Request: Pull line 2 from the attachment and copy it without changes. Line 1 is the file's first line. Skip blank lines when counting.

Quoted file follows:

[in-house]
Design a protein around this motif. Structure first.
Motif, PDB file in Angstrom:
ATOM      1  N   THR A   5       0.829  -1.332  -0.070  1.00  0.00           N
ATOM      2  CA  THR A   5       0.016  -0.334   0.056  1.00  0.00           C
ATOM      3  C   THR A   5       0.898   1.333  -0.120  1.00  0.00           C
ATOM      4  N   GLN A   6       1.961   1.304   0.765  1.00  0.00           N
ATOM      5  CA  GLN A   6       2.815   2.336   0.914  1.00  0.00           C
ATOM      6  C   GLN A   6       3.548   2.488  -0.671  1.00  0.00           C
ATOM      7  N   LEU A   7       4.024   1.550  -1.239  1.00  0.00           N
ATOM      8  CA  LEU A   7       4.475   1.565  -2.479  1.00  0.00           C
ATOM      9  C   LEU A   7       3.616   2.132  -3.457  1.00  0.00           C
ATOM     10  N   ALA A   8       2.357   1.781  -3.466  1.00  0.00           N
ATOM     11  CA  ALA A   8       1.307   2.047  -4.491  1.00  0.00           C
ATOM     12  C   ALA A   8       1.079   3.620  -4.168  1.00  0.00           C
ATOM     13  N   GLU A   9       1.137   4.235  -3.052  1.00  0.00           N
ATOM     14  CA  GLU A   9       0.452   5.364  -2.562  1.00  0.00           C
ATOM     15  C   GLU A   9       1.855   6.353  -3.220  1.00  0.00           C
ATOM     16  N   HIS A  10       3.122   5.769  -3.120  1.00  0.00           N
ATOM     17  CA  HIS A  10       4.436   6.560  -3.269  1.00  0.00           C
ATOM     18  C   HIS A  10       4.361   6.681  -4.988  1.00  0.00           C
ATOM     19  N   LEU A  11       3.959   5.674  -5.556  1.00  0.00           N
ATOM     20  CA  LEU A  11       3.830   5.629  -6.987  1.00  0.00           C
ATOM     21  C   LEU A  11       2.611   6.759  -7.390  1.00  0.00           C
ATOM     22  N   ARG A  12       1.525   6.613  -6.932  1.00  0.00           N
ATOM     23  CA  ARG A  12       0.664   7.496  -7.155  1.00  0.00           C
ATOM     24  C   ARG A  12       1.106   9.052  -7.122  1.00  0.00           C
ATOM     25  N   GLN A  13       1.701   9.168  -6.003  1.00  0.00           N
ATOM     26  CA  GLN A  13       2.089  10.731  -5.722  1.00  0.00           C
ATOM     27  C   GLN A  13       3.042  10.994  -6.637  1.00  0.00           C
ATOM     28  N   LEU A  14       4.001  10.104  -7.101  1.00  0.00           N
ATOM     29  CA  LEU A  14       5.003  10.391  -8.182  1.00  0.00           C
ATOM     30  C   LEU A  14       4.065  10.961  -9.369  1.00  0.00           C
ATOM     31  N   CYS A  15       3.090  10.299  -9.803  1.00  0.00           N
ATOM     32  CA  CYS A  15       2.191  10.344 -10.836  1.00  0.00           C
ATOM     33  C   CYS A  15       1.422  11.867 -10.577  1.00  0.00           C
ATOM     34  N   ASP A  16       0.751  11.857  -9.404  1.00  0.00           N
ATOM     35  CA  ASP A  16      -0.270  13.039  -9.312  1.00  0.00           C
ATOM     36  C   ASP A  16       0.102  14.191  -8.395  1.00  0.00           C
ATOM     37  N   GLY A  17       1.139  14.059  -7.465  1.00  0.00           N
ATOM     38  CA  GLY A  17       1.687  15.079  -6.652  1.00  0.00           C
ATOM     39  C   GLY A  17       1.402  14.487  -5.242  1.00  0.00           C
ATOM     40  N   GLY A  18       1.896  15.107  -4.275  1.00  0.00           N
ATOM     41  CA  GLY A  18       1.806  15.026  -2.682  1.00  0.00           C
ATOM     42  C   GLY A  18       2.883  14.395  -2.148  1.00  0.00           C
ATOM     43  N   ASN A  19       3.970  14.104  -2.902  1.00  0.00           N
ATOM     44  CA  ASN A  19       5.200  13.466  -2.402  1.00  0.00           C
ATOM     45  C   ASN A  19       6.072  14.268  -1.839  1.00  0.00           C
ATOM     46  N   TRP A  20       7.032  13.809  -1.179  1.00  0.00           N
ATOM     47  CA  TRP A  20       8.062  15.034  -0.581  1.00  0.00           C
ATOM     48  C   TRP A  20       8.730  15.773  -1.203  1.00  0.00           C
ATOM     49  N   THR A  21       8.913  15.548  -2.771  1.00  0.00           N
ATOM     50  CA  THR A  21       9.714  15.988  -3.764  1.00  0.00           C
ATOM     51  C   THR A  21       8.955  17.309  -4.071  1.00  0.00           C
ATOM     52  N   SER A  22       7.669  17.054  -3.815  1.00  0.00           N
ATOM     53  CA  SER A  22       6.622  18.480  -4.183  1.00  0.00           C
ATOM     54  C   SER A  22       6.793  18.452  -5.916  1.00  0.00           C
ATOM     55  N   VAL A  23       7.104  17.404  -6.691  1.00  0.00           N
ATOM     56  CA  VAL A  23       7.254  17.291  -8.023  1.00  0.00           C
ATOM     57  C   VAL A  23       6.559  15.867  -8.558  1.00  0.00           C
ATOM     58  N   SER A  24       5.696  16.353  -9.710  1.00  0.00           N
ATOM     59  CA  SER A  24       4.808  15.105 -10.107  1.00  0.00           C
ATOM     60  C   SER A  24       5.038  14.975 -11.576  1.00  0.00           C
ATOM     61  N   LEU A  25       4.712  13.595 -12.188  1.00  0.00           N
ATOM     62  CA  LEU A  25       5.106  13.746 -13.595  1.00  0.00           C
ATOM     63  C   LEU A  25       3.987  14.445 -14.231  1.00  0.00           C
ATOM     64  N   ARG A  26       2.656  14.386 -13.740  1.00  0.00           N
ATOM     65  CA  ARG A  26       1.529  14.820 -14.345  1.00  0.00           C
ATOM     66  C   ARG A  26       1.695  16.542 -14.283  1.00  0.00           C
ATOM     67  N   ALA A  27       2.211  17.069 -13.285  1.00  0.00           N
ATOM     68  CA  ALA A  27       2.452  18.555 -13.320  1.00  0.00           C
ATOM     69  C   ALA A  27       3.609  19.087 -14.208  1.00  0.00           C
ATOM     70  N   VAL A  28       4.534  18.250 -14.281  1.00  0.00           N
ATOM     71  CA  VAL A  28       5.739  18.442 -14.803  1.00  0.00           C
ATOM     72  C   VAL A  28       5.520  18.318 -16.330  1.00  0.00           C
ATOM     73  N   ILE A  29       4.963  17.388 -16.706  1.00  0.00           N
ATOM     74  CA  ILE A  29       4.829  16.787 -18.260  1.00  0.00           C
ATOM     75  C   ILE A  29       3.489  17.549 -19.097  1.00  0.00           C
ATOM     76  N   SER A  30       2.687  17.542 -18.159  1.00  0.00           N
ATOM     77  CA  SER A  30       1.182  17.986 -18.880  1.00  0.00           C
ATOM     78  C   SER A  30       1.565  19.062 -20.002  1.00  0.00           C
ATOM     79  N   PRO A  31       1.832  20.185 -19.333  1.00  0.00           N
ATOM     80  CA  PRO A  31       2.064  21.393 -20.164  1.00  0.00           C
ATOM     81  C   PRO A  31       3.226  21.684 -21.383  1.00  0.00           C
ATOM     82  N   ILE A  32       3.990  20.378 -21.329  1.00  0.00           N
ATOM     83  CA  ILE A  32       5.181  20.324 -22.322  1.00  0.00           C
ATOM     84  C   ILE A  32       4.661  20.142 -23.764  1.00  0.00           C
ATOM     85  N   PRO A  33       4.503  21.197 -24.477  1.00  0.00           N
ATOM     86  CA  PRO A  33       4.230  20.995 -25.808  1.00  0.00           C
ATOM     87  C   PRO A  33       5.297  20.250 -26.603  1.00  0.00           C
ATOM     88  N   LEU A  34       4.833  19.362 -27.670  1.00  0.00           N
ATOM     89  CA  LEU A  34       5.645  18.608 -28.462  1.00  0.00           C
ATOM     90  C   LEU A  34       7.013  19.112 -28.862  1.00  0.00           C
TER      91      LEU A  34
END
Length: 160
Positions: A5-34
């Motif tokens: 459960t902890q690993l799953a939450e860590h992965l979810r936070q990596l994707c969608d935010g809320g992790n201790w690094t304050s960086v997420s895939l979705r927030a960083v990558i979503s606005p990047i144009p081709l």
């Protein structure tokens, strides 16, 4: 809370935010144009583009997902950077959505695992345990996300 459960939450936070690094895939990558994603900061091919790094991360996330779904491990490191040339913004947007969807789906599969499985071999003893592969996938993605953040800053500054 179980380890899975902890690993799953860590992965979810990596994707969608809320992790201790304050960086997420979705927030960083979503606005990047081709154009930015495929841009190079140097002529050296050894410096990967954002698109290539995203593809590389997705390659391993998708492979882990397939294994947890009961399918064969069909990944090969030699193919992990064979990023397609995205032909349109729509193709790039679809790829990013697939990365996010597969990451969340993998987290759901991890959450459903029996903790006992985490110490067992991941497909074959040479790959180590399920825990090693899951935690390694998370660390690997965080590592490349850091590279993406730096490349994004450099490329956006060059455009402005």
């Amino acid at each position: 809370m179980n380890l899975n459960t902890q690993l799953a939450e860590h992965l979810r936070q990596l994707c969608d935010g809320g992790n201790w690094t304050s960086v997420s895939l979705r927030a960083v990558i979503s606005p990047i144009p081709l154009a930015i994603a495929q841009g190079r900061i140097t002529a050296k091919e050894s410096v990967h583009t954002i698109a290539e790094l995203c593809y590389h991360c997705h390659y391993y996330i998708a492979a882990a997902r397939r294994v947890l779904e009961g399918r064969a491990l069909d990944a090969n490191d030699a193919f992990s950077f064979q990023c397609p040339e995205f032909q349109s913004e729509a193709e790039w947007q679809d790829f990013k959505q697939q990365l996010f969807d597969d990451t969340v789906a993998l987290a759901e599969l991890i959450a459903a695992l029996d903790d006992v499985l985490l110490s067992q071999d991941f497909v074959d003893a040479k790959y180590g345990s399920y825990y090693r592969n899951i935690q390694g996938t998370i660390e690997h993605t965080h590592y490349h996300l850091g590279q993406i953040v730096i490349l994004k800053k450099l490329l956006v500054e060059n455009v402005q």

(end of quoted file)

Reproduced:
Design a protein around this motif. Structure first.